Roof gardens: 9 expert tips
1 POTS & CONTAINERS: Choose an overall design theme. Most people end up with various sizes of terra cotta pots scattered about on the patio.
(Terra cotta dries out extremely quickly and plant roots get 'baked' making it hard to keep anything besides geraniums alive.) This sort of 'eclectic' look works well in small gardens where there is plenty of greenery and shade but falls flat in a modern condo. There are a number of different and more modern containers on the market, if you really are committed to having a roof garden then consider having custom built, insulated planters made.
2 SOIL: Regular triple mix will never work; it's easily compacted and there are no worms to aerate the soil. A high quality container mix with a slow (preferably organic) release fertilizer and plenty of Perlite or Vermiculite is well worth the money.
3 DRAINAGE: If you have a large container, it's important that the bottom has 'feet' or at least some space for air to move and water to drain out of pots. This is especially important if the balcony above you overshadows your balcony. Lining pots with filter cloth will stop soil particles from creeping out through drainage holes.
4 WEIGHT: If you are undertaking a big project on your patio or balcony, make sure that the structure can support all the extra weight. Saturated soil and concrete or clay pots can really add a lot of weight.
5 PLANTS: Having a beautiful set of pots is fine but be sure to choose appropriate plant material. Perennials are worth investing in if your containers are deep enough to support new growth and are insulated or protected enough from wind and elements to ensure winter survival. There are a number of wonderful annuals to choose from. Balance your flowers with foliage - an everyday Boston fern looks beautiful in the right setting and requires little maintenance or sunlight.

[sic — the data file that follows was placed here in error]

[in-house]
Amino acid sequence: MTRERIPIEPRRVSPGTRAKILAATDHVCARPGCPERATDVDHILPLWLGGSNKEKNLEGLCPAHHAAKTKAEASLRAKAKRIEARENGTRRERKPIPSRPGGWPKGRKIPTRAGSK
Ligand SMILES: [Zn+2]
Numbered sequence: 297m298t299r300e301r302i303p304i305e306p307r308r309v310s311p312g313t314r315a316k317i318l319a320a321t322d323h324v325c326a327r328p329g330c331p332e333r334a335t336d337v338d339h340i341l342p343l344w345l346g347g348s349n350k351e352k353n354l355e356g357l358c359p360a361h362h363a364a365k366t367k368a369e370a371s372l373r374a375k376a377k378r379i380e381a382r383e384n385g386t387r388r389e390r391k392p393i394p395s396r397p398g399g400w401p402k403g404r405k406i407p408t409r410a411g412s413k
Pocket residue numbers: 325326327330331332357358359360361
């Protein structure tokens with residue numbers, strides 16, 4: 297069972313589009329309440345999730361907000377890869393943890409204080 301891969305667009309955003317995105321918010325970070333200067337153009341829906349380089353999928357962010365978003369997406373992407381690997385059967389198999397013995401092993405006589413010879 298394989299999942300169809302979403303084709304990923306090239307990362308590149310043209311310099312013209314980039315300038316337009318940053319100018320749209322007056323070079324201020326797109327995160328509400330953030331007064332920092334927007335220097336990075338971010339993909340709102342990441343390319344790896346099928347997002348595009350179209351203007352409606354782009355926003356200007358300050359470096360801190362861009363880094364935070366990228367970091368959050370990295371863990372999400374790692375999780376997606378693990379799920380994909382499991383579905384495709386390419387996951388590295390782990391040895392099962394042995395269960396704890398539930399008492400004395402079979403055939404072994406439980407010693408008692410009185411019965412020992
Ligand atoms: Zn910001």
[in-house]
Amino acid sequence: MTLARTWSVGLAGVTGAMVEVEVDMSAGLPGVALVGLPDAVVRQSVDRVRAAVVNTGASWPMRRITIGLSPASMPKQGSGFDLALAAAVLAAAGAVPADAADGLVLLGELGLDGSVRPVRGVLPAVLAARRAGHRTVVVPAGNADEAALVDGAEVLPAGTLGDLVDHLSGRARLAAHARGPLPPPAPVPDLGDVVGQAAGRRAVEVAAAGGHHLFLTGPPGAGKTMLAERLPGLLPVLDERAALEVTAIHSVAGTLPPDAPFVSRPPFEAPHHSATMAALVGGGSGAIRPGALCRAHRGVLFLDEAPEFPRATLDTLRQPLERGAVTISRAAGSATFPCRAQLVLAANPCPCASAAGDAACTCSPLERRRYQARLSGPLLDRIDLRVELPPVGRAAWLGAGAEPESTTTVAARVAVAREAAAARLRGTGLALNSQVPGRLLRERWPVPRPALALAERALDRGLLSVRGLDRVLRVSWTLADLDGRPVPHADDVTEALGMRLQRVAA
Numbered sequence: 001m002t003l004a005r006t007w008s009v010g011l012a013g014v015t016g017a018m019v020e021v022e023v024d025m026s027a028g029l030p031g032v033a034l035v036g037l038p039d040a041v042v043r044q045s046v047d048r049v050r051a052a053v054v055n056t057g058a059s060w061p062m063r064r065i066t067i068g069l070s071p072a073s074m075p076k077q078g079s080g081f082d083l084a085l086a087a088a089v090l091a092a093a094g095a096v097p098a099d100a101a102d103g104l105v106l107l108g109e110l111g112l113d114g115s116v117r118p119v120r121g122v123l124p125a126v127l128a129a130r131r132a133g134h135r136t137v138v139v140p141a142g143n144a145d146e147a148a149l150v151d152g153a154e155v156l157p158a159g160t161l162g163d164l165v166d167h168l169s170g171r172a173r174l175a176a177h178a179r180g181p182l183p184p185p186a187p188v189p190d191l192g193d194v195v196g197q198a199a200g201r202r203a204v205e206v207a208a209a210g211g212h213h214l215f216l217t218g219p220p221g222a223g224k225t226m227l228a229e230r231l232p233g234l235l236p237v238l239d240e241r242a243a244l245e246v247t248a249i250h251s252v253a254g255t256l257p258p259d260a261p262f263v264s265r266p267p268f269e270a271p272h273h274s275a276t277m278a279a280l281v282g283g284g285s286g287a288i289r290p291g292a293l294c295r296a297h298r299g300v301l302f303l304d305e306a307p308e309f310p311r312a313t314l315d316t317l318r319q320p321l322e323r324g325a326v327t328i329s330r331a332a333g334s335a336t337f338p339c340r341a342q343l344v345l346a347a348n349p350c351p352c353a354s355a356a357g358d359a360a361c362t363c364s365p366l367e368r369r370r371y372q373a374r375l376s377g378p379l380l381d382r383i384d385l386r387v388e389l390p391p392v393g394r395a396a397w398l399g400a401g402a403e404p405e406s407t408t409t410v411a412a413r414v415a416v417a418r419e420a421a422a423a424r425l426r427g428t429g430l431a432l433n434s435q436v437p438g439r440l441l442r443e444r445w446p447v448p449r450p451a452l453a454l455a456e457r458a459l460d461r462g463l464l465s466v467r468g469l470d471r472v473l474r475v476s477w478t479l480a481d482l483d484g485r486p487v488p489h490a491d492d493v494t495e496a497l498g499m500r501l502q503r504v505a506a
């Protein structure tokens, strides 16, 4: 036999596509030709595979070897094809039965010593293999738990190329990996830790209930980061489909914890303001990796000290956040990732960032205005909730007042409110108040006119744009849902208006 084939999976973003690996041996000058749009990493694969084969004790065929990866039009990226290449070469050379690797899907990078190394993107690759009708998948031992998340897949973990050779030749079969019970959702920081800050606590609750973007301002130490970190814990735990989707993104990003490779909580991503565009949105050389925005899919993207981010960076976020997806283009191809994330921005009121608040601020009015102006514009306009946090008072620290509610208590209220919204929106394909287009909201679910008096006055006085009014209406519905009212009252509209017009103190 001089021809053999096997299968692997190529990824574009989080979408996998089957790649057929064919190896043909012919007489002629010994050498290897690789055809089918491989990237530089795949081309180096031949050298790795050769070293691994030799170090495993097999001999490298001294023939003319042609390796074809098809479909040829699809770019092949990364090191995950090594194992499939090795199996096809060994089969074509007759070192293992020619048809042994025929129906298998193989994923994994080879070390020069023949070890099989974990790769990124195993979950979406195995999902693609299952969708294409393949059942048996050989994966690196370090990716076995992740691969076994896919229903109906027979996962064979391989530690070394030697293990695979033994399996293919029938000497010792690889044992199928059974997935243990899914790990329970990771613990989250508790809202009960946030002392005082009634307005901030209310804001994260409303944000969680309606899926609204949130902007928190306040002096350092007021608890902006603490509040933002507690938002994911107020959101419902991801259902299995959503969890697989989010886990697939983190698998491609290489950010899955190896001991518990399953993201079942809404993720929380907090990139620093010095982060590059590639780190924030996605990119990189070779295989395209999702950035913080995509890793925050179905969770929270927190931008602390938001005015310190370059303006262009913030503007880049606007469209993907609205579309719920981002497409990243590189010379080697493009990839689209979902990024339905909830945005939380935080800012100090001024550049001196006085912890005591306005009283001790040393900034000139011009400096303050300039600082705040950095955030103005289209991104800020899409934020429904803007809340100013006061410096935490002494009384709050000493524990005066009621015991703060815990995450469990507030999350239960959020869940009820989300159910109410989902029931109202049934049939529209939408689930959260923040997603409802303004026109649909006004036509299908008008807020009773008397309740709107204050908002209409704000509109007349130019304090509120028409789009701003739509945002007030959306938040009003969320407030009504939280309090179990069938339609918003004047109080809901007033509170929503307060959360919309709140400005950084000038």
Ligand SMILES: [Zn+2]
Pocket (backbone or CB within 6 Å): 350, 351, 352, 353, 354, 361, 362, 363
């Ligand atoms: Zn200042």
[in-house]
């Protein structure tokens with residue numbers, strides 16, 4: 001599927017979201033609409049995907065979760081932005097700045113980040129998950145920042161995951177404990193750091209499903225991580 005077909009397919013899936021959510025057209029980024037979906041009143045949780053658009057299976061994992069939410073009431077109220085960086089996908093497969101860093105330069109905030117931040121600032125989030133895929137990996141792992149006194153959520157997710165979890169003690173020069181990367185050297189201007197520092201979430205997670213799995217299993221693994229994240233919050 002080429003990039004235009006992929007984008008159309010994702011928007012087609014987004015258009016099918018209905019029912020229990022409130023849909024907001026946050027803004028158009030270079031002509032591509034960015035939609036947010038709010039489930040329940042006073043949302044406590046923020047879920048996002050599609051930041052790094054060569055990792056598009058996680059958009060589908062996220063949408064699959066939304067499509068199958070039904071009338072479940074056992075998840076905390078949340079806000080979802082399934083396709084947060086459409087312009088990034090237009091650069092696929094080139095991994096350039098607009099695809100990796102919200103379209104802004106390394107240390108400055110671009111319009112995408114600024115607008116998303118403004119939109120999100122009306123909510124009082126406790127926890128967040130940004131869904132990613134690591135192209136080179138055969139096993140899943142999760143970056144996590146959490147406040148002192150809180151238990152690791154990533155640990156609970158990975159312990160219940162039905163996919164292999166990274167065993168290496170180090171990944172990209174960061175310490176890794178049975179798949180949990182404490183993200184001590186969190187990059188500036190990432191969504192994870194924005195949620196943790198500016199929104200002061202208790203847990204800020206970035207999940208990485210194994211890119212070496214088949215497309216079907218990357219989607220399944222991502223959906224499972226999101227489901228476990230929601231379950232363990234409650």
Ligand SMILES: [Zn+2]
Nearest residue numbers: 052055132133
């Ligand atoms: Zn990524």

6 FLOORING: Just as a beautiful floor increases the value inside a home, it makes a dramatic difference on a patio. Most condos have very generic concrete pavers, making for an impersonal and cold look. Simply installing decking over the existing pavers (be sure not to drill into anything or compromise the roof membrane in any way) makes a world of difference.
Aside from using wood there are a number of recycled decking materials on the market with different patterns, finishes and colours.
7 SPACE: Consider how you want to use the patio space; is it a place to entertain, to retreat to or a beautiful view from the office? Decorate outside in a similar way to decorating inside – candles and cushions soften a space and add a romantic feel, sculptures and stones can add a natural feeling. Any garden should reflect the styles and tastes of the people who live there; usually it's a place to relax the rules a little.
8 MAINTENANCE: Choose plant material that's easy to maintain. Bonsais may be gorgeous but can be tricky to care for. Flowering plants usually require the spent blooms to be pinched back to encourage continuous blooms (often once seeds are produced a plant's need to continue blooming diminishes.) Watering is essential and easily forgotten when the weekend cottage rush takes hold. If your patio receives full sun all day consider moving pots closer to a shadier area or having someone come by to do the watering for you.
9 CAUTION: A few final things to consider are factors such as wind: many city patios are prone to sudden gusts of wind or a constant breeze so be careful with lightweight plastic furniture. Candles left outside can turn into a messy pool of wax at the end of a hot summer day and terra cotta pots dry out very quickly and break if tipped over by wind or a careless foot - many types of pots on the market are made of polyurethane and won't easily break or split open in the winter when freezing temperatures hit.